One of the stories on FAB is of good friends who have never met. These are relationships that the internet enables and makes that much easier. Some stories come from people who met, neither in India nor in Pakistan, but in a third country. “This makes me think about how South Asians come together outside India and how Indians and Pakistanis interact in the diaspora. At the same time, in our own countries we tend to cling to narrow identities,” says Chintan.
Focusing on relationships and connections however does not mean that all the stories are “feel-good.” Some of them do tackle the complexities, the struggles and the inner demons that the writers wrestle with. “Saim, who writes from Karachi, for instance, says it is easy to talk about similarities but real friendships make space to also talk about the things that have caused conflict. Saaz Agarwal from Pune, who went to Pakistan for her book launch, said she was very scared, as her Sindhi family had to flee during the Partition.” Another story poignantly captures the pure pain and loss of all conflicts, like the story written by Imaduddin Ahmed from Pakistan who befriends a Muslim man in India who lost family in the Gujarat riots of 2002. He writes, “Whereas in India, you aren’t safe if you’re a Muslim, in Pakistan you aren’t safe if you’re the wrong type of Muslim. Pakistan and India aren’t too dissimilar.” There are also stories by Mary Therese Kurkalang from Manipur and Kirthi Jayakumar from Chennai which evoke non-Punjabi, non-Sindhi perspectives, which do not often find a voice.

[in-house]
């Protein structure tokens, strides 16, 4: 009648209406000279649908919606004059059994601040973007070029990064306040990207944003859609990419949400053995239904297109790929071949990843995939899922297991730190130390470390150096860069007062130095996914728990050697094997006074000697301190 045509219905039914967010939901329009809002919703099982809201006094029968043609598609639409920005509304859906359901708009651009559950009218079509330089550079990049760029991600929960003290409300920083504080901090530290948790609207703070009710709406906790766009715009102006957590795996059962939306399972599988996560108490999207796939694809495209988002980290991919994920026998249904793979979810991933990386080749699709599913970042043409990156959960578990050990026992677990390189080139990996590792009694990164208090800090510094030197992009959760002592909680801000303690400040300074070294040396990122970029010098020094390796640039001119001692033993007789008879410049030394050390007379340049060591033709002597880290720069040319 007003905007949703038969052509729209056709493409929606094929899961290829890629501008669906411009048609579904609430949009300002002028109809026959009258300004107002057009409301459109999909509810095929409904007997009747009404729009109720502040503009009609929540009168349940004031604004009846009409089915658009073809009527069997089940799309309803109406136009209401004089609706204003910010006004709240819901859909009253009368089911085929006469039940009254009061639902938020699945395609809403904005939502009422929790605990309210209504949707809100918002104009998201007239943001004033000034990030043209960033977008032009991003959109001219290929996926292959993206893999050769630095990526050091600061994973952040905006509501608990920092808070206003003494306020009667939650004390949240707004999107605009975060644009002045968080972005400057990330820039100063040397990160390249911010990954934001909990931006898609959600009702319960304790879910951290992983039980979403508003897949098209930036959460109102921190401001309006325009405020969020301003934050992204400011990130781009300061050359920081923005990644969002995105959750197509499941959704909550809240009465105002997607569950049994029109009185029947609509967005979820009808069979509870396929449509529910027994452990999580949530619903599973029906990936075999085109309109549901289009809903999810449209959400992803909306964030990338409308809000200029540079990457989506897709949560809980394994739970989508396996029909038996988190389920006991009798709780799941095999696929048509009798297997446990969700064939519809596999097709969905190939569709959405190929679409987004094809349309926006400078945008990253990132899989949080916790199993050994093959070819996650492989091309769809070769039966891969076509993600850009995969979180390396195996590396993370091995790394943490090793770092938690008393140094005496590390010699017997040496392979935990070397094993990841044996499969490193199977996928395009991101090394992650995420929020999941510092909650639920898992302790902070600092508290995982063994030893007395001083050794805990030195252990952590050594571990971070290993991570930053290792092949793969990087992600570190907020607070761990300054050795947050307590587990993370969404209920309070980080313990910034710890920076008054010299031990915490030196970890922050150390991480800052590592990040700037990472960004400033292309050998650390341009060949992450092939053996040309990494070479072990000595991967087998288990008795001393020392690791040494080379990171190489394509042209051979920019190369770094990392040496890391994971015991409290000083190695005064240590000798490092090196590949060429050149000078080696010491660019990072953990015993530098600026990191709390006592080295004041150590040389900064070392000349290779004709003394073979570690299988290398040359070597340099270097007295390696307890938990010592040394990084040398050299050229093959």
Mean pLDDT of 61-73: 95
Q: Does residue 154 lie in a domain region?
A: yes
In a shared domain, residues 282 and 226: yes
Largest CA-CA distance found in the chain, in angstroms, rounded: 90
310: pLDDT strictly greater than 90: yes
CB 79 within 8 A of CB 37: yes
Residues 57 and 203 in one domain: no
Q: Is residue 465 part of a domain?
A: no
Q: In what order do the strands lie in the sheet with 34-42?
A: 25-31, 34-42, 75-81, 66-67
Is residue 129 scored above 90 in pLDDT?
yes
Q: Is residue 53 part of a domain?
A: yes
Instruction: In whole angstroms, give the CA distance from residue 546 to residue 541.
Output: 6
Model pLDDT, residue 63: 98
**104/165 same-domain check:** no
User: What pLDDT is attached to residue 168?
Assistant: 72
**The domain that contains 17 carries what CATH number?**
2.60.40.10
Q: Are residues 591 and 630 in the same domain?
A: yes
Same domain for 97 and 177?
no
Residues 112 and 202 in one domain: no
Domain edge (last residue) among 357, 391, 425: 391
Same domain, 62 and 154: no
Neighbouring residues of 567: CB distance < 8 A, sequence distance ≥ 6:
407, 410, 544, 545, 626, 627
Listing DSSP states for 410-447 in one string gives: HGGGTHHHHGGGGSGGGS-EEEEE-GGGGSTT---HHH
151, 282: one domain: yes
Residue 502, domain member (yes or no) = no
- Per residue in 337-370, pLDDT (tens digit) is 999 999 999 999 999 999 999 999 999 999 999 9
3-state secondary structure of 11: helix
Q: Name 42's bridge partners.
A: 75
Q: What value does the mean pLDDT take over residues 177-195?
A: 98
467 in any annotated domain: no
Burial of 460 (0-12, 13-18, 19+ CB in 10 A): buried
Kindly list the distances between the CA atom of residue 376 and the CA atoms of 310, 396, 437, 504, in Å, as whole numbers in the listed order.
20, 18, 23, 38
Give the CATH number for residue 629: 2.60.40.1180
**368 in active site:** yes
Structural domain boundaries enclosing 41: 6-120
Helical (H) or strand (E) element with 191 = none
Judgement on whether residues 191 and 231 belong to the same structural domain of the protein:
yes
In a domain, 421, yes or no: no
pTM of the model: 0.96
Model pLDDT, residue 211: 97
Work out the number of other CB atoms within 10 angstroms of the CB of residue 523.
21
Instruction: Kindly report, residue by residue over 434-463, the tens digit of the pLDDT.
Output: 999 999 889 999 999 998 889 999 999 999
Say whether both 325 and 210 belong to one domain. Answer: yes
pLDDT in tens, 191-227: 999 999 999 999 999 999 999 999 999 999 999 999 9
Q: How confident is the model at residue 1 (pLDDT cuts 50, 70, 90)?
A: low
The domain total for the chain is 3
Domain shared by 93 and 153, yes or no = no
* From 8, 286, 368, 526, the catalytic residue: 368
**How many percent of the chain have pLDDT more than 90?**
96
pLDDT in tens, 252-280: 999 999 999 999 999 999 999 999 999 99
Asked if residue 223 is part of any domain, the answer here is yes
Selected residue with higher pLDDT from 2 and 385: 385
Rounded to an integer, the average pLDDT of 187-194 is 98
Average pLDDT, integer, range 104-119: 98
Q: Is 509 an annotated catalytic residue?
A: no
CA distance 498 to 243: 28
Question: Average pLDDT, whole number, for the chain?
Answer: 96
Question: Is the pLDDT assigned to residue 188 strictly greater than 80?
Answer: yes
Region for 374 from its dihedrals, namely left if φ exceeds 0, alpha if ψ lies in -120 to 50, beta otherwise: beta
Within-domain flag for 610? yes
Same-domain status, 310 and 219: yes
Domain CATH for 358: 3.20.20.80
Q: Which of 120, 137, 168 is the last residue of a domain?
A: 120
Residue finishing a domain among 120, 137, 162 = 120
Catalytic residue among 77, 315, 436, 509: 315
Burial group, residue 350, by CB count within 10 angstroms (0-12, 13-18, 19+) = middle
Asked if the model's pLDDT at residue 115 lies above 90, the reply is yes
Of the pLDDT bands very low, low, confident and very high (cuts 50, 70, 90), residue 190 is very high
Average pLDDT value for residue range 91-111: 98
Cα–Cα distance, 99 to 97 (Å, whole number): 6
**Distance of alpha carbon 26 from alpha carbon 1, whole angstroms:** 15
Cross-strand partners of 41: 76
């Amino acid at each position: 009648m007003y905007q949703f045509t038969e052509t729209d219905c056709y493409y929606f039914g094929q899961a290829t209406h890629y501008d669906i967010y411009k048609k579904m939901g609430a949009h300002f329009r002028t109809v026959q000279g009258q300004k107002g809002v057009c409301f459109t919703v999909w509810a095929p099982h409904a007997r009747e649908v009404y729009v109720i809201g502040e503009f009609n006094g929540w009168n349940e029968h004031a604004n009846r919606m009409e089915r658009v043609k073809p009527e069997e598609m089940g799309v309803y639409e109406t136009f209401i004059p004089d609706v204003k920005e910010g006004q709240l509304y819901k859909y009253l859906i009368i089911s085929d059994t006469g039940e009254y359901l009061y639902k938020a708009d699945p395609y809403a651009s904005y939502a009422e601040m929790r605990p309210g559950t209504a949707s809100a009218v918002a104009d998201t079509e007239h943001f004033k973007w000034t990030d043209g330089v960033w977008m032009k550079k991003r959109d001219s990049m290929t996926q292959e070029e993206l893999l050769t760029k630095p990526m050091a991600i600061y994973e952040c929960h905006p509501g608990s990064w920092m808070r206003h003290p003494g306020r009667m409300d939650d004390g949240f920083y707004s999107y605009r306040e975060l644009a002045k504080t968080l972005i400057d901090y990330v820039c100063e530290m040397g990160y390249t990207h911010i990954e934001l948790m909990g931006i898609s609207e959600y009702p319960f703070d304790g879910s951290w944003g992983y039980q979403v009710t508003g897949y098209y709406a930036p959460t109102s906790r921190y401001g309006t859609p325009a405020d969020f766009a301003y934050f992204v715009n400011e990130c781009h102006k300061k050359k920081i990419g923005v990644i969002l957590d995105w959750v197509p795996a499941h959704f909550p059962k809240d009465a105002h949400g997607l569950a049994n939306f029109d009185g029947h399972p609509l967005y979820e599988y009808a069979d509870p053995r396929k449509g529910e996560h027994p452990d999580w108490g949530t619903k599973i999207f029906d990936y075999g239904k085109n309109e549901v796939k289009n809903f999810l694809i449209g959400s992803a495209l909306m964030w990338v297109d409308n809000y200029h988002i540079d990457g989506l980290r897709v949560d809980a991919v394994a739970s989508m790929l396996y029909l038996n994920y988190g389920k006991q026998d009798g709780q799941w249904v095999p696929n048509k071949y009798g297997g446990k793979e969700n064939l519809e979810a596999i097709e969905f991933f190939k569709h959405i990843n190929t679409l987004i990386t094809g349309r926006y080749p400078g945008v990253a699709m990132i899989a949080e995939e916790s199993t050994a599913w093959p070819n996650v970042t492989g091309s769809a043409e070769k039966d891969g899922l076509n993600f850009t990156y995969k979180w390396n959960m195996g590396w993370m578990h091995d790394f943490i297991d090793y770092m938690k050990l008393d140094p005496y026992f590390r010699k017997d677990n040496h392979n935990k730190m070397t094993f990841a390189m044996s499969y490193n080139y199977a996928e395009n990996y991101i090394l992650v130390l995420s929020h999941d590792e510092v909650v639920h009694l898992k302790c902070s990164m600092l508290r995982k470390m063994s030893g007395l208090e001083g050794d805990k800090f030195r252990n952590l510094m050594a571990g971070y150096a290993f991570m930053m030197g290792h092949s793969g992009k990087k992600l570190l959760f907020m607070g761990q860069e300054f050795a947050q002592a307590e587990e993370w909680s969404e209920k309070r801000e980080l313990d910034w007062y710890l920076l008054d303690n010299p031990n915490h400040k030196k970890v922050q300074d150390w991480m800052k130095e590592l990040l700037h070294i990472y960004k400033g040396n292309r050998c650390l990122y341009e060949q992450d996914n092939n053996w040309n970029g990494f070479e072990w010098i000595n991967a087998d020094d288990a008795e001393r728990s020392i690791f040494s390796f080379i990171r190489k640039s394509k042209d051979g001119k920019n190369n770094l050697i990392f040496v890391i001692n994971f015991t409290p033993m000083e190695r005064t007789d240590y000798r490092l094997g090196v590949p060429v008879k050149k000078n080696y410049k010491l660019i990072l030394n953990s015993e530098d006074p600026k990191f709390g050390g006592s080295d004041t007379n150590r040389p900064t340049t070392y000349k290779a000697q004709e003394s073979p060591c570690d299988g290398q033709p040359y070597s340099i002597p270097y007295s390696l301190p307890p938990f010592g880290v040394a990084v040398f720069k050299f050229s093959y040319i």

So what lies ahead for FAB? “One of the stories has been translated into Gujarati and Marathi with the help of volunteers. I would like to have these stories recorded as audio to reach people with visual disabilities. There is need for more structured interaction with schools and colleges, and see if there are particular parts of curriculum in which this work can be embedded. One of the problems in school curriculum is that it only addresses Partition. Events of 1965 or 71 are rarely even mentioned, let alone explored in depth. And there is certainly nothing about friendship. The Indus Valley civilization is one such possibility. This way maybe the conversation of our shared past and heritage can expand beyond the Partition or Kashmir. At the same time, rethinking the Partition, there is an attempt to bring in more personal stories from both sides. Many children have grown up hearing stories of the Partition from relatives, and at times they have heard stories that are completely different from what they encounter in the classroom. I have heard school and college students talk about how their grandparents were sheltered by neighbours and friends from other communities. On the other hand, children who do not have a traumatic family history in this context, often encounter the Partition only through statistics. There has to be a more human way to engage.”
Another hope for the project is to produce a book, perhaps with other educators, which can serve as a joint history textbook. “In our countries there’s an anxiety around being labelled as pro-Pakistan or anti-national. There is similar anxiety in Pakistan as well. People see love of country through a narrow lens like a jingoistic slogan, not in terms of what we can do to form more meaningful relationships. It will be great if educators, artists, and historians can come together to write not just the history of conflict but the history of confluence – a broader cultural history and not just political history. A history of music, dance, syncretic traditions, textiles, Sufism, so much…”
As borders and boundaries are drawn and redrawn in stronger ways, Chintan reflects that if people had not travelled across borders as they did in the past our lives would have been so different, culturally, materially and politically: “Even our food is a result of travels and exchanges across the world.” However, an important part of the effort, he stresses, is not to promote FAB in isolation. “We must also amplify the voices of other initiatives who are working towards these ideas. I don’t want to compete but collaborate, and honour the spirit of the work.”
Contact the author Madhuvanti Anantharajan